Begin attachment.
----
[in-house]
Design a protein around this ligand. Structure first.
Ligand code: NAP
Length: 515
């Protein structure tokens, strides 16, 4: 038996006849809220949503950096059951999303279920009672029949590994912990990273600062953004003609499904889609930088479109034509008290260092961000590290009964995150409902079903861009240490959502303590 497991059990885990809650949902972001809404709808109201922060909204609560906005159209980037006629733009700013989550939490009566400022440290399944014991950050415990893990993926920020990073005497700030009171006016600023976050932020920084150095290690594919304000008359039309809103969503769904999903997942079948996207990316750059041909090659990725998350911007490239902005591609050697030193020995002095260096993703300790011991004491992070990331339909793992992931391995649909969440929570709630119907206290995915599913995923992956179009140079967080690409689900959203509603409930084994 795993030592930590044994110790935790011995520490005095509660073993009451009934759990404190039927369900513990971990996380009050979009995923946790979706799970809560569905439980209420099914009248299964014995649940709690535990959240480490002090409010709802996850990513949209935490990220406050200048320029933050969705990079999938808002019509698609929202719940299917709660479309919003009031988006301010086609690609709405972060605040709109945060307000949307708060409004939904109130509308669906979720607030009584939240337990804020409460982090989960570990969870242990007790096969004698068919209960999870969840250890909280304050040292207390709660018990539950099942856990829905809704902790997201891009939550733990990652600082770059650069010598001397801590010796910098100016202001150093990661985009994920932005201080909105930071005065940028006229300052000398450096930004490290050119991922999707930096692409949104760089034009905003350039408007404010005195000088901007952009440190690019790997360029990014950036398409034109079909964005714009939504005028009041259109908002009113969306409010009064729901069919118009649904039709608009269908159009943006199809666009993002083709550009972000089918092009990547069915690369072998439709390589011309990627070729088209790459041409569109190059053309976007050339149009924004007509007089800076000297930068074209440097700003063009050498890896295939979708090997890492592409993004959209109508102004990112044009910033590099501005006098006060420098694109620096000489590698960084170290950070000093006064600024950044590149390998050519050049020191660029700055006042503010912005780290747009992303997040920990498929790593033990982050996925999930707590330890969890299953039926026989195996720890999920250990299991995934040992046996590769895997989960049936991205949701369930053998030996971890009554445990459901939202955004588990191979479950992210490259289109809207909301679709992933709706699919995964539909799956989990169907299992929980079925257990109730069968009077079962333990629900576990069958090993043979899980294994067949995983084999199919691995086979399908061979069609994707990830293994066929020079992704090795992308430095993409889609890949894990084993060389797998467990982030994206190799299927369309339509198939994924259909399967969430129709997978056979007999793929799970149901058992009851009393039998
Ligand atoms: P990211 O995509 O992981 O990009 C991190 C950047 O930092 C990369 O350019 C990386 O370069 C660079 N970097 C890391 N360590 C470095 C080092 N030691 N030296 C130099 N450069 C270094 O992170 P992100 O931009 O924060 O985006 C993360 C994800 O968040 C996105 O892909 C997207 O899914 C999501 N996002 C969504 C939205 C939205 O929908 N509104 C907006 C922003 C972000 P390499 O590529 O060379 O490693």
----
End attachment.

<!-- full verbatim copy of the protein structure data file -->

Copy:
[in-house]
Design a protein around this ligand. Structure first.
Ligand code: NAP
Length: 515
């Protein structure tokens, strides 16, 4: 038996006849809220949503950096059951999303279920009672029949590994912990990273600062953004003609499904889609930088479109034509008290260092961000590290009964995150409902079903861009240490959502303590 497991059990885990809650949902972001809404709808109201922060909204609560906005159209980037006629733009700013989550939490009566400022440290399944014991950050415990893990993926920020990073005497700030009171006016600023976050932020920084150095290690594919304000008359039309809103969503769904999903997942079948996207990316750059041909090659990725998350911007490239902005591609050697030193020995002095260096993703300790011991004491992070990331339909793992992931391995649909969440929570709630119907206290995915599913995923992956179009140079967080690409689900959203509603409930084994 795993030592930590044994110790935790011995520490005095509660073993009451009934759990404190039927369900513990971990996380009050979009995923946790979706799970809560569905439980209420099914009248299964014995649940709690535990959240480490002090409010709802996850990513949209935490990220406050200048320029933050969705990079999938808002019509698609929202719940299917709660479309919003009031988006301010086609690609709405972060605040709109945060307000949307708060409004939904109130509308669906979720607030009584939240337990804020409460982090989960570990969870242990007790096969004698068919209960999870969840250890909280304050040292207390709660018990539950099942856990829905809704902790997201891009939550733990990652600082770059650069010598001397801590010796910098100016202001150093990661985009994920932005201080909105930071005065940028006229300052000398450096930004490290050119991922999707930096692409949104760089034009905003350039408007404010005195000088901007952009440190690019790997360029990014950036398409034109079909964005714009939504005028009041259109908002009113969306409010009064729901069919118009649904039709608009269908159009943006199809666009993002083709550009972000089918092009990547069915690369072998439709390589011309990627070729088209790459041409569109190059053309976007050339149009924004007509007089800076000297930068074209440097700003063009050498890896295939979708090997890492592409993004959209109508102004990112044009910033590099501005006098006060420098694109620096000489590698960084170290950070000093006064600024950044590149390998050519050049020191660029700055006042503010912005780290747009992303997040920990498929790593033990982050996925999930707590330890969890299953039926026989195996720890999920250990299991995934040992046996590769895997989960049936991205949701369930053998030996971890009554445990459901939202955004588990191979479950992210490259289109809207909301679709992933709706699919995964539909799956989990169907299992929980079925257990109730069968009077079962333990629900576990069958090993043979899980294994067949995983084999199919691995086979399908061979069609994707990830293994066929020079992704090795992308430095993409889609890949894990084993060389797998467990982030994206190799299927369309339509198939994924259909399967969430129709997978056979007999793929799970149901058992009851009393039998
Ligand atoms: P990211 O995509 O992981 O990009 C991190 C950047 O930092 C990369 O350019 C990386 O370069 C660079 N970097 C890391 N360590 C470095 C080092 N030691 N030296 C130099 N450069 C270094 O992170 P992100 O931009 O924060 O985006 C993360 C994800 O968040 C996105 O892909 C997207 O899914 C999501 N996002 C969504 C939205 C939205 O929908 N509104 C907006 C922003 C972000 P390499 O590529 O060379 O490693």